Thinking with this scene, the article develops the conceptual framework of “racial stigma” to capture some of the multiple practices that characterize border regimes in contemporary Europe. The second part of the article considers the ways in which responses to the inking of refugees at Břeclav gave rise to epidemics of racial stigma in a range of local and international contexts. The aim of this section is to illustrate how racial stigma is crafted and communicated within different media and across multiple sites. The article then examines a more concrete scene of humiliation, the abject conditions endured by refugees in Czech immigration detention centres. The aim here is to consider how racial stigmatization of refugees enables and legitimates further practices of dehumanization and degradation. The article concludes with some reflections on racism as a form of haunting (Gordon 1997). It considers how Europe’s current racist crisis reanimates both the historical spectres of race and the spectral geographies of racism. The afterword invites the reader to confront these ghosts by returning once more to Břeclav train station.

 

Břeclav Railway Station, Břeclav, South Moravia, Czech Republic, September 1st 2015

czech police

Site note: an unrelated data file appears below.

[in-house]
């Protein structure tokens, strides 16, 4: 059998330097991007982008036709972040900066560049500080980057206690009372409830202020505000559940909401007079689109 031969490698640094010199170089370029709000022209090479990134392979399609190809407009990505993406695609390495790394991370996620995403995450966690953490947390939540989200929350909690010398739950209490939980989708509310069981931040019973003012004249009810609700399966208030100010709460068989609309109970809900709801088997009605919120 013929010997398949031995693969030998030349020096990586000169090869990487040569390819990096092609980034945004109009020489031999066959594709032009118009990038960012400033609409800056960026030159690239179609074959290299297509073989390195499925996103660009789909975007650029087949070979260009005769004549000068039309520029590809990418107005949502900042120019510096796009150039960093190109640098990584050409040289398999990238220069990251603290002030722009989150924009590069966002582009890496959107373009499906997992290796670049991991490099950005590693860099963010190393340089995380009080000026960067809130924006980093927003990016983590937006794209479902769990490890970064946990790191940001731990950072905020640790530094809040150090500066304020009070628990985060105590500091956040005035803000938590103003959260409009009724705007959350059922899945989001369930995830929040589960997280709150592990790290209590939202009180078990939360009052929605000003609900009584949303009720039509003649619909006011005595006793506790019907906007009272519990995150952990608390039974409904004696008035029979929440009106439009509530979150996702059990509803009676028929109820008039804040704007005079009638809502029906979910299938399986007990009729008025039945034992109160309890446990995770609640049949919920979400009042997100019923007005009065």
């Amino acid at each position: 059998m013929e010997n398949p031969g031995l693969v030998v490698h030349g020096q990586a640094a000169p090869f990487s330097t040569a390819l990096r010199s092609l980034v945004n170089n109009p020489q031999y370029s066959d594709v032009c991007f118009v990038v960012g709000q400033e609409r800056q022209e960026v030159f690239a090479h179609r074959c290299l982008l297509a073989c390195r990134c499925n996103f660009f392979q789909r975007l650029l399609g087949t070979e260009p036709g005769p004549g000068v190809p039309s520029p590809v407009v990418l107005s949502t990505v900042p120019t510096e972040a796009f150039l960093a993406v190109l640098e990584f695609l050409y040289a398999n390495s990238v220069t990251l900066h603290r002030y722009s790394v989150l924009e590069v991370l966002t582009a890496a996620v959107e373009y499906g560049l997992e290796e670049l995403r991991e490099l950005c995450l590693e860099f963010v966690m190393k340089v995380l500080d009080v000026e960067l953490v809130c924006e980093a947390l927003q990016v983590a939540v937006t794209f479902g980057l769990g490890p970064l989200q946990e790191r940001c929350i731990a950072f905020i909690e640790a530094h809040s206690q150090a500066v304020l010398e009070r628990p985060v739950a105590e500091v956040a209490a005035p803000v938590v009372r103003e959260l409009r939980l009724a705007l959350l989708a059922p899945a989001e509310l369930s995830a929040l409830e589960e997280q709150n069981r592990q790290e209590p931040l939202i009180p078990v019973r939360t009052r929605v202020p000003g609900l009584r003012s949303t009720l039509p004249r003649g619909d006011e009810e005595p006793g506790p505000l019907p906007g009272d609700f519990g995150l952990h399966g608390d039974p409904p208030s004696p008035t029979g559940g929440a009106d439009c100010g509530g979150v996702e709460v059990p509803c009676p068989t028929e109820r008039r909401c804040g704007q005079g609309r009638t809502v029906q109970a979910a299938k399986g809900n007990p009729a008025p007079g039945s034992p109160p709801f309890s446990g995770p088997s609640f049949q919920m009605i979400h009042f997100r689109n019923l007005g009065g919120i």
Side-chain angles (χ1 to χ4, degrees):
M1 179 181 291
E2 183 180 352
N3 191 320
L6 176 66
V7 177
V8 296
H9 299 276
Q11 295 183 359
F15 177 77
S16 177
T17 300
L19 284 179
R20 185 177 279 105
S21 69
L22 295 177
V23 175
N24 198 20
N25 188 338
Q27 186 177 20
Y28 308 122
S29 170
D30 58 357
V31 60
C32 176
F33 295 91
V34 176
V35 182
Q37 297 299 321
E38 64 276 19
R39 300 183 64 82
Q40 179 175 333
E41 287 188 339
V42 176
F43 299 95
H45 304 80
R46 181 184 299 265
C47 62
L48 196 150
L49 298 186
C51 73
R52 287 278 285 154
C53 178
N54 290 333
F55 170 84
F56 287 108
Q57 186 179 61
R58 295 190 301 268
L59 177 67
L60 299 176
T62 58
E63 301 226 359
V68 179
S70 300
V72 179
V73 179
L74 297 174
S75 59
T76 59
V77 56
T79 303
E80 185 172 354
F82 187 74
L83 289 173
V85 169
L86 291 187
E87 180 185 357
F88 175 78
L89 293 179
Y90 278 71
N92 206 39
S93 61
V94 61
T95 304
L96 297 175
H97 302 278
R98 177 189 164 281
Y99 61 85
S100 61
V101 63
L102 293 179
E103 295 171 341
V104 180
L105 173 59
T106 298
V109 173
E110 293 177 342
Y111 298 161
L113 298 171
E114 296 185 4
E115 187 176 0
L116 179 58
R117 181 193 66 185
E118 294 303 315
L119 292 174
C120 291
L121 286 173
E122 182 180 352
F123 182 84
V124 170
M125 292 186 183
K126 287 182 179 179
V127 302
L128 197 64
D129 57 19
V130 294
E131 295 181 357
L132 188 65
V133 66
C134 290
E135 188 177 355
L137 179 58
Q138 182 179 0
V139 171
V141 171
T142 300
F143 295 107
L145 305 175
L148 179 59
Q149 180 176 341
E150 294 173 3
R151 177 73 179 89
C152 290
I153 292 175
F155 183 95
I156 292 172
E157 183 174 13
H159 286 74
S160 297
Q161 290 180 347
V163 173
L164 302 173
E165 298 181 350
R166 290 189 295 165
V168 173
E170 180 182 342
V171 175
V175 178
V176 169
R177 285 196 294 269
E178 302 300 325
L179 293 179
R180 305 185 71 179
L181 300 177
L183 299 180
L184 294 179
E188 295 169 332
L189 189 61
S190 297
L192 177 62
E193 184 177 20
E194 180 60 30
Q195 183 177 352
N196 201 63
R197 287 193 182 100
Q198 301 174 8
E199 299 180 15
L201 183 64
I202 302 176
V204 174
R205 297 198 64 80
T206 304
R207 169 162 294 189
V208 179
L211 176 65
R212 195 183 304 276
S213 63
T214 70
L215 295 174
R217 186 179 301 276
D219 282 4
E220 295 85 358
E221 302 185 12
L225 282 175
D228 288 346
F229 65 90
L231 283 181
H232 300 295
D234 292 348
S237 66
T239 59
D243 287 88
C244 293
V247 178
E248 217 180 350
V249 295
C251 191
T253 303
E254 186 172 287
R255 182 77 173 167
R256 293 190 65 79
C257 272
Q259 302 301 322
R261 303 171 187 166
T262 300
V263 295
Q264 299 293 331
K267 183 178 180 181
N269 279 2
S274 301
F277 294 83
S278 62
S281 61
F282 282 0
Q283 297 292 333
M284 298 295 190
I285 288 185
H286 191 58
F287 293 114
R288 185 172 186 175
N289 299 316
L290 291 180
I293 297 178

At Midnight on the September 1st 2015, a squad of Czech Alien Police boarded two trains in Břeclav and forcibly removed two hundred and fourteen people, one hundred and fifteen men, thirty-eight women and sixty-one children. The first train had arrived from Vienna shortly before midnight, the second shortly after midnight from Budapest, and both were bound for Germany. Czech government officials described the passengers it removed from these two trains as ‘214 illegal migrants’. The vast majority were refugees from Syria, one hundred and ninety-six of them Syrian nationals. Many of them had survived treacherous sea-crossings from Turkey to Greek islands and were just hours away from their German destination when the trains came to a halt and were boarded by police, who moved through carriages checking people’s documents. All of those without an EU passport or a travel visa that allowed them to be on Czech territory were removed. The state-owned Czech Railways revealed they were working closely with the Czech Alien Police to ‘share information on the movements of migrants’ and to ensure the ‘hygiene’ and safety of trains and railway stations; this was why ‘police were waiting for the trains […] They were prepared for the migrants. Buses for their transport parked outside the station and dozens of policemen were patrolling there’ (Czech News Agency, 2015). After escorting people from the trains, some in handcuffs, the police assembled people on the platforms and proceeded to use indelible pens to ink numbers on their arms and wrists. Kateřina Rendlová, a spokeswoman for the Czech Alien Police stated that the inking of refugees was a means of keeping a record of family members, adding, “We also write the code of the train they have arrived on so that we know which country we should return them to within the readmission system” adding “we used to put the numbers on a piece of paper but they kept throwing them away” (Flemr 2015). The refugees were then packed onto buses destined for temporary camps in local school gymnasiums in south Moravia, where officials said they would be processed, before being transferred to remote rural detention centres.